I believe the Norwegian sector, although expensive to operate in, will push through with a stable year in 2019. However, like all regions, it should strive to create an environment that allows the service sector to innovate rather than constantly come up against price pressures that create the opposite behaviour. Russia, primarily driven by the Caspian, the Middle East and Far East, should be active, and these regions will have a consistent 2019. That, as always, is dependent on the impact of any major macro-political interference. The region’s ability to practice supply restraint will be critical.
From recovery to rejuvenation
I believe the industry has learned how to be nimbler, more efficient and most importantly, how to react rationally to global supply and demand worries. We should expect a more disciplined approach in 2019 as we deal with these headwinds. OPEC and Russia have already signalled a move to stabilise supply over the next 12 months.
Although global oil and gas regions have different, and sometimes competing, drivers and political realities, one thing is constant; they all have ambitions to optimise the reservoir recovery factor. This relates to the percentage of recovered hydrocarbon of the oil initially in place (OOIP).
Opportunities should arise for the operator community to again fuel innovation breakthroughs via the oilfield service sector. Over the past ten years, the focus has been on maximising recovery factors for the most efficient dollar spent. Currently, reservoir recovery factors still hover from 5% to 35% on average.
If supply and demand is held in check and we do have more than 150 years of known reserves, why is reservoir recovery even a concern? As fields mature and all the ‘easy oil’ is accessed, we need to replace much sharper reserve declines to keep supply online. This will have to be driven by accelerating technology advances towards better recovery factors and more efficient wells. Such expertise almost always comes from the oilfield service sector but this demands headroom and investment from the operating community to turn innovation into meaningful action in 2019.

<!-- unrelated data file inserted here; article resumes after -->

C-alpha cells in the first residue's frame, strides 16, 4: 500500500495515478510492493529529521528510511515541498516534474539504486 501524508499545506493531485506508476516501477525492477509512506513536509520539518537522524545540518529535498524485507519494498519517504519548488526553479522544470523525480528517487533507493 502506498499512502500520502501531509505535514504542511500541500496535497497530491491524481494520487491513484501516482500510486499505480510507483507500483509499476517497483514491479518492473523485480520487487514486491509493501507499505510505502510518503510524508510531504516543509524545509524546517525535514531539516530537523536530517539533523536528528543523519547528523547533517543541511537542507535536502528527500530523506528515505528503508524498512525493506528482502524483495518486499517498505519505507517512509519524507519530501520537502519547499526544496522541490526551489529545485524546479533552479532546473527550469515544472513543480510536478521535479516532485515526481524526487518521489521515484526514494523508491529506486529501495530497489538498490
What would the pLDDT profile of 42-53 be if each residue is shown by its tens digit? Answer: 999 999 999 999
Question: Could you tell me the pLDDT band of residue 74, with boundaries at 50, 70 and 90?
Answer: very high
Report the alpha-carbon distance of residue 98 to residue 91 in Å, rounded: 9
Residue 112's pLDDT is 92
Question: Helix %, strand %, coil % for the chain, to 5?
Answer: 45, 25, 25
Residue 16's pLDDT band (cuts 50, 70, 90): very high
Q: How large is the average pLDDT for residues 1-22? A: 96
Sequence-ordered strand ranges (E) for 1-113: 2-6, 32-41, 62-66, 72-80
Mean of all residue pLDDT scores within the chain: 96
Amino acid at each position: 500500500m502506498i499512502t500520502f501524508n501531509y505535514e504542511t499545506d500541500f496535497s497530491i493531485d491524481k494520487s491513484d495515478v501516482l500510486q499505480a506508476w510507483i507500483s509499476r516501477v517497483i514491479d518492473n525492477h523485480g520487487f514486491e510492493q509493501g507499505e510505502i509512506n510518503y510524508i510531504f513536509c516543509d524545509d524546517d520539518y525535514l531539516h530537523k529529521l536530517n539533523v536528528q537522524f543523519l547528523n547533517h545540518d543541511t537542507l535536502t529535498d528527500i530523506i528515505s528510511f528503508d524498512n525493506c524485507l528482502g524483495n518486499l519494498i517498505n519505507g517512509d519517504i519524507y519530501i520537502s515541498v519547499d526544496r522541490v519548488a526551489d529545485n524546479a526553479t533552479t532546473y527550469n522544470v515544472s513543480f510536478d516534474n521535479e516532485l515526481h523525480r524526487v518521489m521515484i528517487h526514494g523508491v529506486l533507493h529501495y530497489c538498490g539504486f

A new breed of mid-tier upstream service companies, coupled with willing operators, can create innovation around maximising reservoir recovery factors. This is what must happen to ensure energy efficiency, a buffer to geopolitical supply and demand cycles, and security for the globe.
The industry as a whole must continue to support and encourage that focus as it is one of the single most important factors that will allow us to provide affordable, abundant energy to the developing planet well into the projected shift to alternatives in the centuries ahead.
Read the article online at: https://www.oilfieldtechnology.com/special-reports/17122018/tendeka-revitalising-reservoir-recovery-factors-in-2019/